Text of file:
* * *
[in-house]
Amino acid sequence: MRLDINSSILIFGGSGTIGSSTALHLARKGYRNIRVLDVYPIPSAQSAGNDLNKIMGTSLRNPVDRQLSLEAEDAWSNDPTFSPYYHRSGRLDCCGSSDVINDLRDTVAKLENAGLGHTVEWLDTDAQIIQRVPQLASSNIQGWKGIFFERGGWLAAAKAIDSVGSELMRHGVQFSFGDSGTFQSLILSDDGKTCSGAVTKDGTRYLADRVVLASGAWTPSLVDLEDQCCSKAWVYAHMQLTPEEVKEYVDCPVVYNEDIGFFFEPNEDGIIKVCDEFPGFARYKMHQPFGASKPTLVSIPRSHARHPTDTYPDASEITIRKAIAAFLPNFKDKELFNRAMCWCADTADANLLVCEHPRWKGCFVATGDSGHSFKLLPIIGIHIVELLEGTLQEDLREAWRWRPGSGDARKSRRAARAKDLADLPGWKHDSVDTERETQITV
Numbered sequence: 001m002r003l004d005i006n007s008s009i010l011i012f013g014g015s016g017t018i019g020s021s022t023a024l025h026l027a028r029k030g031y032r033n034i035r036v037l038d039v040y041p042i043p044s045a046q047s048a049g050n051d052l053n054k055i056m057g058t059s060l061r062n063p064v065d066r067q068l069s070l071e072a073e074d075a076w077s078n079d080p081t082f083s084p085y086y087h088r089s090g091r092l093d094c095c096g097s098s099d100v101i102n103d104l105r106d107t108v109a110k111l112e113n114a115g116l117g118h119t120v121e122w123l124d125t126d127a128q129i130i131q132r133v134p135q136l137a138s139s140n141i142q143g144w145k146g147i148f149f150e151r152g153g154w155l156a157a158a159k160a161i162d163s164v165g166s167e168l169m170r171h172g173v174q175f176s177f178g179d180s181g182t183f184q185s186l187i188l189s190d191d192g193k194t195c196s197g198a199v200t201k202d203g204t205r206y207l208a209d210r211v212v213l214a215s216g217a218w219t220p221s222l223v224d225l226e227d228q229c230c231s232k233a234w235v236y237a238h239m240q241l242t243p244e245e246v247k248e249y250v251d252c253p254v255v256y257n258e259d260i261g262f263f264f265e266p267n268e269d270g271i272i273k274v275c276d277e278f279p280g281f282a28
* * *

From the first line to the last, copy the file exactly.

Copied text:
[in-house]
Amino acid sequence: MRLDINSSILIFGGSGTIGSSTALHLARKGYRNIRVLDVYPIPSAQSAGNDLNKIMGTSLRNPVDRQLSLEAEDAWSNDPTFSPYYHRSGRLDCCGSSDVINDLRDTVAKLENAGLGHTVEWLDTDAQIIQRVPQLASSNIQGWKGIFFERGGWLAAAKAIDSVGSELMRHGVQFSFGDSGTFQSLILSDDGKTCSGAVTKDGTRYLADRVVLASGAWTPSLVDLEDQCCSKAWVYAHMQLTPEEVKEYVDCPVVYNEDIGFFFEPNEDGIIKVCDEFPGFARYKMHQPFGASKPTLVSIPRSHARHPTDTYPDASEITIRKAIAAFLPNFKDKELFNRAMCWCADTADANLLVCEHPRWKGCFVATGDSGHSFKLLPIIGIHIVELLEGTLQEDLREAWRWRPGSGDARKSRRAARAKDLADLPGWKHDSVDTERETQITV
Numbered sequence: 001m002r003l004d005i006n007s008s009i010l011i012f013g014g015s016g017t018i019g020s021s022t023a024l025h026l027a028r029k030g031y032r033n034i035r036v037l038d039v040y041p042i043p044s045a046q047s048a049g050n051d052l053n054k055i056m057g058t059s060l061r062n063p064v065d066r067q068l069s070l071e072a073e074d075a076w077s078n079d080p081t082f083s084p085y086y087h088r089s090g091r092l093d094c095c096g097s098s099d100v101i102n103d104l105r106d107t108v109a110k111l112e113n114a115g116l117g118h119t120v121e122w123l124d125t126d127a128q129i130i131q132r133v134p135q136l137a138s139s140n141i142q143g144w145k146g147i148f149f150e151r152g153g154w155l156a157a158a159k160a161i162d163s164v165g166s167e168l169m170r171h172g173v174q175f176s177f178g179d180s181g182t183f184q185s186l187i188l189s190d191d192g193k194t195c196s197g198a199v200t201k202d203g204t205r206y207l208a209d210r211v212v213l214a215s216g217a218w219t220p221s222l223v224d225l226e227d228q229c230c231s232k233a234w235v236y237a238h239m240q241l242t243p244e245e246v247k248e249y250v251d252c253p254v255v256y257n258e259d260i261g262f263f264f265e266p267n268e269d270g271i272i273k274v275c276d277e278f279p280g281f282a28